YUNLIN COUNTY, Taiwan (Reuters Life!) - Taiwan has shut a highway lane to traffic, lowered the speed limit and put up protective nets to help a butterfly species cross the road during an annual migration.
From mid-March and for about a month, thousands of Purple Crow butterflies fly over a section of freeway in central Taiwan as they move northwards to breed after spending winter in the island’s warmer south.
Before the Taiwan Area National Freeway Bureau took protective measures in 2007, many butterflies were hit on the highways or killed by wind from speeding vehicles.
“More than 10,000 butterflies will spread their wings to fly high, bravely crossing the highway, on a different kind of life-or-death journey,” the bureau said in a statement, calling the migration “one of a kind.”
The roadkill rate of butterflies has fallen to 0.3 percent last year from 3 percent before the highway department took action, the bureau said.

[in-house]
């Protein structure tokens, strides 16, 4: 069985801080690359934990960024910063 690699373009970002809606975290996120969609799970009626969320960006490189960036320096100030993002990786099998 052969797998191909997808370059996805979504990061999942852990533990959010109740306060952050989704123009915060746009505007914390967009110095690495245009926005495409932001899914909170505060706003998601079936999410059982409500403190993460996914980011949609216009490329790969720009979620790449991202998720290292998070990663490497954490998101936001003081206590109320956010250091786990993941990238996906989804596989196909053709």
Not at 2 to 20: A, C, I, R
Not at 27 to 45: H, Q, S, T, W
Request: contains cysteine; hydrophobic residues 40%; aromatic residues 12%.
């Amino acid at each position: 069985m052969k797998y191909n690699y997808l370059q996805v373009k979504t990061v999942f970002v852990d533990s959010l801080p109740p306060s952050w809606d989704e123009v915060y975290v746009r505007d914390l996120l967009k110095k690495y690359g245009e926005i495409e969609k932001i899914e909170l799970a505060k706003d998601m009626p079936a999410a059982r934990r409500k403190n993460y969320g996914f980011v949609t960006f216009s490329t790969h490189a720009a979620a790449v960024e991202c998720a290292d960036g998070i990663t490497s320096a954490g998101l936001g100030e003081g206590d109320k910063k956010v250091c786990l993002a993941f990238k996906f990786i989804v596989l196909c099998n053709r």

The conservation project has cost T$ 2.8 million ($83,000) over the past three years.
The protective measures include a driving speed limit at 60 km per hour (37 mph), a 3 km (2 mile) road blockage when butterfly numbers exceed 500 per minute, and a 4-meter (13-foot) high protective net guiding the insects to fly above traffic.
Trees have also been planted along the side of freeway to provide a longer-term, natural net.
Reporting by Christine Lu and Ben Tai; Editing by Miral Fahmy and Ralph Jennings